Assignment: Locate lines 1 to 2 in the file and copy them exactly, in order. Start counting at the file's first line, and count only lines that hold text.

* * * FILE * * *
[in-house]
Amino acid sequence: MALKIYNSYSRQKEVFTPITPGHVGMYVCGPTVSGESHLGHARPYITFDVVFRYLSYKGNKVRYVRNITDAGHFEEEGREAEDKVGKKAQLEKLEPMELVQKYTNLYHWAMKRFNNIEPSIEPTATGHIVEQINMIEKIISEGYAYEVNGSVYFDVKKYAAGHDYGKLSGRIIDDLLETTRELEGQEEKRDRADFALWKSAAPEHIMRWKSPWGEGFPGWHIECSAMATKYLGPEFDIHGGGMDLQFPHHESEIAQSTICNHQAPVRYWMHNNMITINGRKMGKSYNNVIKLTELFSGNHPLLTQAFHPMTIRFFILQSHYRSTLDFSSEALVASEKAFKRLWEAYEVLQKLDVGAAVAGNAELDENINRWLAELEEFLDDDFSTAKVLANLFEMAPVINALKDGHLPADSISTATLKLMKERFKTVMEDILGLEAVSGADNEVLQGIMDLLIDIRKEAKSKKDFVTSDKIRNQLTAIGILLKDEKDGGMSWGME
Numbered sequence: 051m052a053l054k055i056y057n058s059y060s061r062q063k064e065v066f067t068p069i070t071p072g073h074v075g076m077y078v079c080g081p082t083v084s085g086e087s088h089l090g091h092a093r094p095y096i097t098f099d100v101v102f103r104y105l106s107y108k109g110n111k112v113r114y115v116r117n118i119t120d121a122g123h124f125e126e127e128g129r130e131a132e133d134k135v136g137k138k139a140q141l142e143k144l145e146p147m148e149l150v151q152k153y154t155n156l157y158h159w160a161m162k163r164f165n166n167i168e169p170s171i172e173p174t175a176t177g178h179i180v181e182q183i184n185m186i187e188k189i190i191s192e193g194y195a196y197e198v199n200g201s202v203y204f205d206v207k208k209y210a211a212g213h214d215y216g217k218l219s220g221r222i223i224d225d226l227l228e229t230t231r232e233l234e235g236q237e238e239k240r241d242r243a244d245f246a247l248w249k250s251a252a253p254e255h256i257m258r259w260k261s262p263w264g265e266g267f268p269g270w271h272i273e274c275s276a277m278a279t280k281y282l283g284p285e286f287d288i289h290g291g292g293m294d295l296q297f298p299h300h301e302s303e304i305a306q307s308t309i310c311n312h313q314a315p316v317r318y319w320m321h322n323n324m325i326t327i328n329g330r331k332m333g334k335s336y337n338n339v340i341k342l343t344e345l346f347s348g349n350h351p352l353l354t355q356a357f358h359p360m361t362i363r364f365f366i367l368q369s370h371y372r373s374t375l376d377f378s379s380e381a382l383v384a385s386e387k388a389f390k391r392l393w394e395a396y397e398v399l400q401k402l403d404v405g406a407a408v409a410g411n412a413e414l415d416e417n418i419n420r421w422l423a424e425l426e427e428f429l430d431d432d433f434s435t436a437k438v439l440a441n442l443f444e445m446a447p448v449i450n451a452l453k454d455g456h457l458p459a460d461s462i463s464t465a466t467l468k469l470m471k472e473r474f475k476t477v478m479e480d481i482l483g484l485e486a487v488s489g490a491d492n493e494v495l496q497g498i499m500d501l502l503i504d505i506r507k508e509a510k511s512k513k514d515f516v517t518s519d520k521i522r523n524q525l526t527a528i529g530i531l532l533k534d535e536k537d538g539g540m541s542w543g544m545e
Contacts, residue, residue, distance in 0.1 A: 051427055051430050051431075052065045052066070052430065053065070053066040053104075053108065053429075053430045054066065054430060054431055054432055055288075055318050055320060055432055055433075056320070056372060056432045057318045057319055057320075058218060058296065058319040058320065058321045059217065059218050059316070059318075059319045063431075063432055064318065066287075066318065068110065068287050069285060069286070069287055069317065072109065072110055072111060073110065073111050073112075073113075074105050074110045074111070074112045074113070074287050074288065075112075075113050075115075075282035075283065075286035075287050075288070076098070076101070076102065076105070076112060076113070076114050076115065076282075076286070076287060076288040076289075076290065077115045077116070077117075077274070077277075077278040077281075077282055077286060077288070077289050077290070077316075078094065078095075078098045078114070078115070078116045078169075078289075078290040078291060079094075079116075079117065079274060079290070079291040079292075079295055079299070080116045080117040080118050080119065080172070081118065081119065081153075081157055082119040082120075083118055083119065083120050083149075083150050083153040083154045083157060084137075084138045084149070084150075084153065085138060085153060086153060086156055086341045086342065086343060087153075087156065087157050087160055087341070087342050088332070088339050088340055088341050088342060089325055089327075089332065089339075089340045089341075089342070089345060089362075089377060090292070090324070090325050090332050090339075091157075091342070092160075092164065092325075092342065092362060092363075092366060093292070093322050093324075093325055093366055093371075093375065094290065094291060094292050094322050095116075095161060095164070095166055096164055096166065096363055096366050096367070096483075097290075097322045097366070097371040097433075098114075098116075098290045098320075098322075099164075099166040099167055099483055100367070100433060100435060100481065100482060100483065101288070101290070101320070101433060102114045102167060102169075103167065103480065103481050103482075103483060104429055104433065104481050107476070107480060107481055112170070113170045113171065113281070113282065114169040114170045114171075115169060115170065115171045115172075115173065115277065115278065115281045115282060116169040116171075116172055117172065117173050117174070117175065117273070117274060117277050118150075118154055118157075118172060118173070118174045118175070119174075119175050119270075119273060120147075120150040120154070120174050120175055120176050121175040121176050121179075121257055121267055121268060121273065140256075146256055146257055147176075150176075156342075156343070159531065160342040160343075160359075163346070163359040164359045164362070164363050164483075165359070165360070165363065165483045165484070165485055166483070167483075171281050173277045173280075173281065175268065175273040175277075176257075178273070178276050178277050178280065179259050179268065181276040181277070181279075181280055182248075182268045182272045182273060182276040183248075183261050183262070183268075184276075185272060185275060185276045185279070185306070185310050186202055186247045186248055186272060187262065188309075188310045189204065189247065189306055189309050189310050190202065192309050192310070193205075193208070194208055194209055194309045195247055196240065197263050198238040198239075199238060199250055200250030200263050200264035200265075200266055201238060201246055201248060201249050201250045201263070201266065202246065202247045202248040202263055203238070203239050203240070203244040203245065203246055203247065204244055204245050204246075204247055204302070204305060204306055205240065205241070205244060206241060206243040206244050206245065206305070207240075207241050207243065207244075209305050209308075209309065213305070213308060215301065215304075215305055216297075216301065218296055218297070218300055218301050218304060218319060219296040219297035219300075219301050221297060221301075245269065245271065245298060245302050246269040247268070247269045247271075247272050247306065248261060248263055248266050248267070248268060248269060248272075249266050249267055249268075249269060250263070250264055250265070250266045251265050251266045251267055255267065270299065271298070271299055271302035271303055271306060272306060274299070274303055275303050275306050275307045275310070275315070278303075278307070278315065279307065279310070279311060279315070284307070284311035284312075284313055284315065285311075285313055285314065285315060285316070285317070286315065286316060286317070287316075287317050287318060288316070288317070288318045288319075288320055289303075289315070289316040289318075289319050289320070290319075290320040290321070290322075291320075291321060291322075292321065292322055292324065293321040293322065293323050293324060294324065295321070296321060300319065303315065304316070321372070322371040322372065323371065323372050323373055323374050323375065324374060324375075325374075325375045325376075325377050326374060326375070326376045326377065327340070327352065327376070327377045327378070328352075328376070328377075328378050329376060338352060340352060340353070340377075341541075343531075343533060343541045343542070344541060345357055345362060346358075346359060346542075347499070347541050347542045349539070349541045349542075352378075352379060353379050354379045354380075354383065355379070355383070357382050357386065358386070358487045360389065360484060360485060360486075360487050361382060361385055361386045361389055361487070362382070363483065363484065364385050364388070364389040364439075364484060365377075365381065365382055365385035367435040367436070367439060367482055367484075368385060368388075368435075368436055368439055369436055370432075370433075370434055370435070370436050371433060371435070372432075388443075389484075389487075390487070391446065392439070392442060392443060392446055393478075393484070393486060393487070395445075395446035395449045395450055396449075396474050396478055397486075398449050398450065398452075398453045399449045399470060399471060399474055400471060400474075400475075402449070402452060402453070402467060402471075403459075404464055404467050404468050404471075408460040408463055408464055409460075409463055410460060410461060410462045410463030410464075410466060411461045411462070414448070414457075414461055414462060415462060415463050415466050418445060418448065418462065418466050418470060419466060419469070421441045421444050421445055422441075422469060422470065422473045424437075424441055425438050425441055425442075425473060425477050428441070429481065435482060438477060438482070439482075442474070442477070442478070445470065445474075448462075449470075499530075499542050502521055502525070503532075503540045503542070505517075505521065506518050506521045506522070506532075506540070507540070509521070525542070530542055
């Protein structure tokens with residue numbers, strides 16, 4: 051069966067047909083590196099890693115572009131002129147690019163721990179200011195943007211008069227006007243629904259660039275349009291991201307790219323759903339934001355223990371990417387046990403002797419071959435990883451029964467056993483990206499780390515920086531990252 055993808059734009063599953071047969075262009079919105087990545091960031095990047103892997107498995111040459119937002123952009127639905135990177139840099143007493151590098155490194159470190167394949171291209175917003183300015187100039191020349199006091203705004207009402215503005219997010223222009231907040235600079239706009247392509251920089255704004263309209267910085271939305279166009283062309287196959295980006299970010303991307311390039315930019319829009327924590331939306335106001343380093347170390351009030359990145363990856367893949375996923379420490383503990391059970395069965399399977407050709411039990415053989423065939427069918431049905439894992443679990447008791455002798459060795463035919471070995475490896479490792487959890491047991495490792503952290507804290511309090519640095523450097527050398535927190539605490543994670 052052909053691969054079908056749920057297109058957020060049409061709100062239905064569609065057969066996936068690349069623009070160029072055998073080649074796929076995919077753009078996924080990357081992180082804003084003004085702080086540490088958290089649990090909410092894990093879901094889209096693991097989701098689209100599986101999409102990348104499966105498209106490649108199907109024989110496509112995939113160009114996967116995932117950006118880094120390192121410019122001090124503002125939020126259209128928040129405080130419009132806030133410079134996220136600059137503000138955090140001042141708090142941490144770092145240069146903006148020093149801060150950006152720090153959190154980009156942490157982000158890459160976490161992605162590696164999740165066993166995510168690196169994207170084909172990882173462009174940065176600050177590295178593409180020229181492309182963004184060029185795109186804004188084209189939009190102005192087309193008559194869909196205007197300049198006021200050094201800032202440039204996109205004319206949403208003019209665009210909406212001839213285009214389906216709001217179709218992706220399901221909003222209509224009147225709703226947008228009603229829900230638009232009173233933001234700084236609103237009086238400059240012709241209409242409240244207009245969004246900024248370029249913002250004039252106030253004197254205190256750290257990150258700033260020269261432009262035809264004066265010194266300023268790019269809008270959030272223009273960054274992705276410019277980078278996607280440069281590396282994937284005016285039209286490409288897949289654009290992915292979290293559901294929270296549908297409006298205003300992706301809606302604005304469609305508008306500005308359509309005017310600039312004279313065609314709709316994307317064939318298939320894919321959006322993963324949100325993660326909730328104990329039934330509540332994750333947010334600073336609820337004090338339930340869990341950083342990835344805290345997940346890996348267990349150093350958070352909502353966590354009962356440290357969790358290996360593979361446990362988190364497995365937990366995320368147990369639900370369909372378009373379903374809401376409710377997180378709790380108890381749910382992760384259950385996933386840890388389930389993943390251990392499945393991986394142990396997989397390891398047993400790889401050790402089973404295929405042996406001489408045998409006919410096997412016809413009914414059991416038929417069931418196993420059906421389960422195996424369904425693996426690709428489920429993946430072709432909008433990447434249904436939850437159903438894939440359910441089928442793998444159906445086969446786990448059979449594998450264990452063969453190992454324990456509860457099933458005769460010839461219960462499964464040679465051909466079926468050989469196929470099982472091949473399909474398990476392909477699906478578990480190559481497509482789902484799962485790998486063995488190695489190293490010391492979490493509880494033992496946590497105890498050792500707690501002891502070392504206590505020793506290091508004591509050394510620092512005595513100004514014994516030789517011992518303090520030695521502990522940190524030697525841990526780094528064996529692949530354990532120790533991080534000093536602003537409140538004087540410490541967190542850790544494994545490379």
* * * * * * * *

[in-house]
Amino acid sequence: MALKIYNSYSRQKEVFTPITPGHVGMYVCGPTVSGESHLGHARPYITFDVVFRYLSYKGNKVRYVRNITDAGHFEEEGREAEDKVGKKAQLEKLEPMELVQKYTNLYHWAMKRFNNIEPSIEPTATGHIVEQINMIEKIISEGYAYEVNGSVYFDVKKYAAGHDYGKLSGRIIDDLLETTRELEGQEEKRDRADFALWKSAAPEHIMRWKSPWGEGFPGWHIECSAMATKYLGPEFDIHGGGMDLQFPHHESEIAQSTICNHQAPVRYWMHNNMITINGRKMGKSYNNVIKLTELFSGNHPLLTQAFHPMTIRFFILQSHYRSTLDFSSEALVASEKAFKRLWEAYEVLQKLDVGAAVAGNAELDENINRWLAELEEFLDDDFSTAKVLANLFEMAPVINALKDGHLPADSISTATLKLMKERFKTVMEDILGLEAVSGADNEVLQGIMDLLIDIRKEAKSKKDFVTSDKIRNQLTAIGILLKDEKDGGMSWGME